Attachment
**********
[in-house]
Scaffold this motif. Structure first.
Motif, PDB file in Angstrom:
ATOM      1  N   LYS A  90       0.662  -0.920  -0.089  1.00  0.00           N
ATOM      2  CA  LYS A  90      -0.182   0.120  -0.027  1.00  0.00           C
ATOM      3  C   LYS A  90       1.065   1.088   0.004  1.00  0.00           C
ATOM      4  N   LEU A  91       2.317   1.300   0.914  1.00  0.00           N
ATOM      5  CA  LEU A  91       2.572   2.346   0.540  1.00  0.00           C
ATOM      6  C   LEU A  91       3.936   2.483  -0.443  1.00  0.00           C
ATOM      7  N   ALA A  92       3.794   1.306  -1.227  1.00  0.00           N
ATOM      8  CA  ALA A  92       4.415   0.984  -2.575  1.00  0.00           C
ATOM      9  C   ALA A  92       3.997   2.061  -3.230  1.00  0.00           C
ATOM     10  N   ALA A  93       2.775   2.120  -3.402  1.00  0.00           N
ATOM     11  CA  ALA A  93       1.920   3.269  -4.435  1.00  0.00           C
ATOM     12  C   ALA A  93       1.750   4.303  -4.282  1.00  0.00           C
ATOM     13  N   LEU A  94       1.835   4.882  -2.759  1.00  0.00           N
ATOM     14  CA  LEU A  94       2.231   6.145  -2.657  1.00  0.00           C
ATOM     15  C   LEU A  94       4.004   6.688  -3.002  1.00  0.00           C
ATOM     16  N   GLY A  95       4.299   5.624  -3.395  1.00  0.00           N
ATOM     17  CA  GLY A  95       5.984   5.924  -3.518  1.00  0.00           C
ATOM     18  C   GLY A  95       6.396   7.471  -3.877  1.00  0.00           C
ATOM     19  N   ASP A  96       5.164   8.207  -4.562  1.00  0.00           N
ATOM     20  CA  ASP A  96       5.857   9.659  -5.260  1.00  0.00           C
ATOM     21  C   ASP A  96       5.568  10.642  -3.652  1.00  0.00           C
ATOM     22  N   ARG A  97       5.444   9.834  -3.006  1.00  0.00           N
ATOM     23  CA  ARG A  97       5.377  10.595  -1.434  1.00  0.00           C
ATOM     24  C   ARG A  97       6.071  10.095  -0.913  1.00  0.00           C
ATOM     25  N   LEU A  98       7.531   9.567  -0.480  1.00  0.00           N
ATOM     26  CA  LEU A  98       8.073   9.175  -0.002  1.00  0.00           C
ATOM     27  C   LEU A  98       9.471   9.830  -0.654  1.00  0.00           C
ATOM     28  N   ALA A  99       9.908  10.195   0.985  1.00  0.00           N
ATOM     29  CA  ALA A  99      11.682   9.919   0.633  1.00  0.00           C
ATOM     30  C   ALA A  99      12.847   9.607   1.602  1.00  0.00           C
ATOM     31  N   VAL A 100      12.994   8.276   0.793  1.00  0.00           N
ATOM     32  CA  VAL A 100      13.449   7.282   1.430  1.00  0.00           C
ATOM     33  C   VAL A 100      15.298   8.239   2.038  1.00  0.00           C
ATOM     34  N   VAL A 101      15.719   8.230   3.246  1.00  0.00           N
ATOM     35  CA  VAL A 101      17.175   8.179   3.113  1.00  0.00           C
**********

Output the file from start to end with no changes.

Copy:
[in-house]
Scaffold this motif. Structure first.
Motif, PDB file in Angstrom:
ATOM      1  N   LYS A  90       0.662  -0.920  -0.089  1.00  0.00           N
ATOM      2  CA  LYS A  90      -0.182   0.120  -0.027  1.00  0.00           C
ATOM      3  C   LYS A  90       1.065   1.088   0.004  1.00  0.00           C
ATOM      4  N   LEU A  91       2.317   1.300   0.914  1.00  0.00           N
ATOM      5  CA  LEU A  91       2.572   2.346   0.540  1.00  0.00           C
ATOM      6  C   LEU A  91       3.936   2.483  -0.443  1.00  0.00           C
ATOM      7  N   ALA A  92       3.794   1.306  -1.227  1.00  0.00           N
ATOM      8  CA  ALA A  92       4.415   0.984  -2.575  1.00  0.00           C
ATOM      9  C   ALA A  92       3.997   2.061  -3.230  1.00  0.00           C
ATOM     10  N   ALA A  93       2.775   2.120  -3.402  1.00  0.00           N
ATOM     11  CA  ALA A  93       1.920   3.269  -4.435  1.00  0.00           C
ATOM     12  C   ALA A  93       1.750   4.303  -4.282  1.00  0.00           C
ATOM     13  N   LEU A  94       1.835   4.882  -2.759  1.00  0.00           N
ATOM     14  CA  LEU A  94       2.231   6.145  -2.657  1.00  0.00           C
ATOM     15  C   LEU A  94       4.004   6.688  -3.002  1.00  0.00           C
ATOM     16  N   GLY A  95       4.299   5.624  -3.395  1.00  0.00           N
ATOM     17  CA  GLY A  95       5.984   5.924  -3.518  1.00  0.00           C
ATOM     18  C   GLY A  95       6.396   7.471  -3.877  1.00  0.00           C
ATOM     19  N   ASP A  96       5.164   8.207  -4.562  1.00  0.00           N
ATOM     20  CA  ASP A  96       5.857   9.659  -5.260  1.00  0.00           C
ATOM     21  C   ASP A  96       5.568  10.642  -3.652  1.00  0.00           C
ATOM     22  N   ARG A  97       5.444   9.834  -3.006  1.00  0.00           N
ATOM     23  CA  ARG A  97       5.377  10.595  -1.434  1.00  0.00           C
ATOM     24  C   ARG A  97       6.071  10.095  -0.913  1.00  0.00           C
ATOM     25  N   LEU A  98       7.531   9.567  -0.480  1.00  0.00           N
ATOM     26  CA  LEU A  98       8.073   9.175  -0.002  1.00  0.00           C
ATOM     27  C   LEU A  98       9.471   9.830  -0.654  1.00  0.00           C
ATOM     28  N   ALA A  99       9.908  10.195   0.985  1.00  0.00           N
ATOM     29  CA  ALA A  99      11.682   9.919   0.633  1.00  0.00           C
ATOM     30  C   ALA A  99      12.847   9.607   1.602  1.00  0.00           C
ATOM     31  N   VAL A 100      12.994   8.276   0.793  1.00  0.00           N
ATOM     32  CA  VAL A 100      13.449   7.282   1.430  1.00  0.00           C
ATOM     33  C   VAL A 100      15.298   8.239   2.038  1.00  0.00           C
ATOM     34  N   VAL A 101      15.719   8.230   3.246  1.00  0.00           N
ATOM     35  CA  VAL A 101      17.175   8.179   3.113  1.00  0.00           C